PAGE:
There have been countless tragedies of epic proportions in the past century, yet the sinking of the Titanic, 100 years ago this month, remains as inconceivable and moving as it must have been in 1912.
It also led to the further tragedy that is James Cameron’s inflated ego. But while that man’s Oscar-drenched vessel returned to the big screen recently in 3D, a very different – and more credible – writer’s version of events hit the small screen.
Well, at least Julian Fellowes was credible before this good-looking mess. One can only assume that ITV1’s Titanic was scripted in-between sips of a G&T on the Downton Abbey set, what with dialogue so awkward and explanatory the characters may as well have stayed mute and worn nameplates: Plucky Suffragette; Stoic Cockney; Criminal Eastern-European.
More bizarrely, the boat sinks at the end of each of the four episodes in the mini-series, with scenes and moments revisited to focus on different characters. It’s an intriguing idea, to present the story in a manner reminiscent of the fragmented information we have at our disposal. Unfortunately, in 45-minute instalments, it’s a gambit that just doesn’t pay off.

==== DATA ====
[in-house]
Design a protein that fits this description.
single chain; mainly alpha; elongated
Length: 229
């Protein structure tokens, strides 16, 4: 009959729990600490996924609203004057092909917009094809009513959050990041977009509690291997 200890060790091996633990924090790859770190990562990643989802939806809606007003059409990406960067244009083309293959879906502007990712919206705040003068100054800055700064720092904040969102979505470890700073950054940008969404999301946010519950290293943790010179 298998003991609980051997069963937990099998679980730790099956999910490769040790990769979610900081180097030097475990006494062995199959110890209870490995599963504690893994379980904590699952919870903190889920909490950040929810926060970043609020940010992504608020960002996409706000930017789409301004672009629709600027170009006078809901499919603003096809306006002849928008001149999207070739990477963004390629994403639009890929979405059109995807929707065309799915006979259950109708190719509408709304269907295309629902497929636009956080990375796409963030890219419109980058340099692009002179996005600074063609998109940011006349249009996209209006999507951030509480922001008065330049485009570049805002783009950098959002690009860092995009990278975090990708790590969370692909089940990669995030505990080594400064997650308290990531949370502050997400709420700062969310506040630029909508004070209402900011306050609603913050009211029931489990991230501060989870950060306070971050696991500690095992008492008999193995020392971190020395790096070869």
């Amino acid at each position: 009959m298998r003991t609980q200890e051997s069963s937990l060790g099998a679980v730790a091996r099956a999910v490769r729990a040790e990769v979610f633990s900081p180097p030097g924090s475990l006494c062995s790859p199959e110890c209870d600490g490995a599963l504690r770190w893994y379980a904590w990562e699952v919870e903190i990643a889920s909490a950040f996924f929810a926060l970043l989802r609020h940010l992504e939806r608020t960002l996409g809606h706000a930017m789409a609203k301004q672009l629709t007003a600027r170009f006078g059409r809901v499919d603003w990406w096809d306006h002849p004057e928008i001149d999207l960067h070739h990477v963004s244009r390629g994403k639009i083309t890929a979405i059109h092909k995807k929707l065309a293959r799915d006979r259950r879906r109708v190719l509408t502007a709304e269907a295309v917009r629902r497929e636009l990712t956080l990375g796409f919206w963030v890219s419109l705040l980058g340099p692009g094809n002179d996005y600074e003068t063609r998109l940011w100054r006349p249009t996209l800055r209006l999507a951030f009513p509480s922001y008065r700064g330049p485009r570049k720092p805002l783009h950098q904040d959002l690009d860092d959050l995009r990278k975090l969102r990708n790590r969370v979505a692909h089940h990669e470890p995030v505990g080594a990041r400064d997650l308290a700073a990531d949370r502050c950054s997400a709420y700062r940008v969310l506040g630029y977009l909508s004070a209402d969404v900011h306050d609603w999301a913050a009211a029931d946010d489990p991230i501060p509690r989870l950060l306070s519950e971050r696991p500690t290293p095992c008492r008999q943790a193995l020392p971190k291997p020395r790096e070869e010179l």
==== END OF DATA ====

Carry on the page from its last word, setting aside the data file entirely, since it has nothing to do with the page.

Character relationships struggle to be established and developed in their allotted 10 seconds, and any accumulative power to be got from piecing a scene together is dissolved by the fact that few of them are particularly interesting.
There are arresting moments, however, such as Toby Jones’ silent confrontation with the iceberg in the dead of night, or the survivors watching helplessly from lifeboats as fellow passengers are heard screaming even more helplessly on the sinking ship. And there’s one tiny trace of Fellowes’ wit when Jones’ character describes how the iceberg towered over him, only to be greeted with his wife’s pithy response: “Everything towers over you.”
Despite the numerous examples of irony in the source material – the vessel was “unsinkable,” passengers were transferred from other ships, the captain was brought back for one last voyage – the tragedy lies in that the whole Titanic saga seemed so random. Many died, some didn’t, regardless of race, gender or class.
The trouble with retellings of the story is that writers contrive to bring “meaning” to it by forcing moral-of-the-story statements into their characters’ mouths, creating romances on paper-thin bases (there are at least four relationships formed by the time this Titanic sinks), and drawing “arcs” over a happening far more complex than an ordinary Sunday night drama can handle.
Scenes intended to break our hearts therefore end up feeling hollow. And that truly is unfortunate – all one really needs to do in order to capture the tragedy of the SS Titanic is, in fact, simply to say its name.
Released on DVD and Blu-ray on Monday 16th April 2012 by ITV Studios Home Entertainment.
Watch the trailer…
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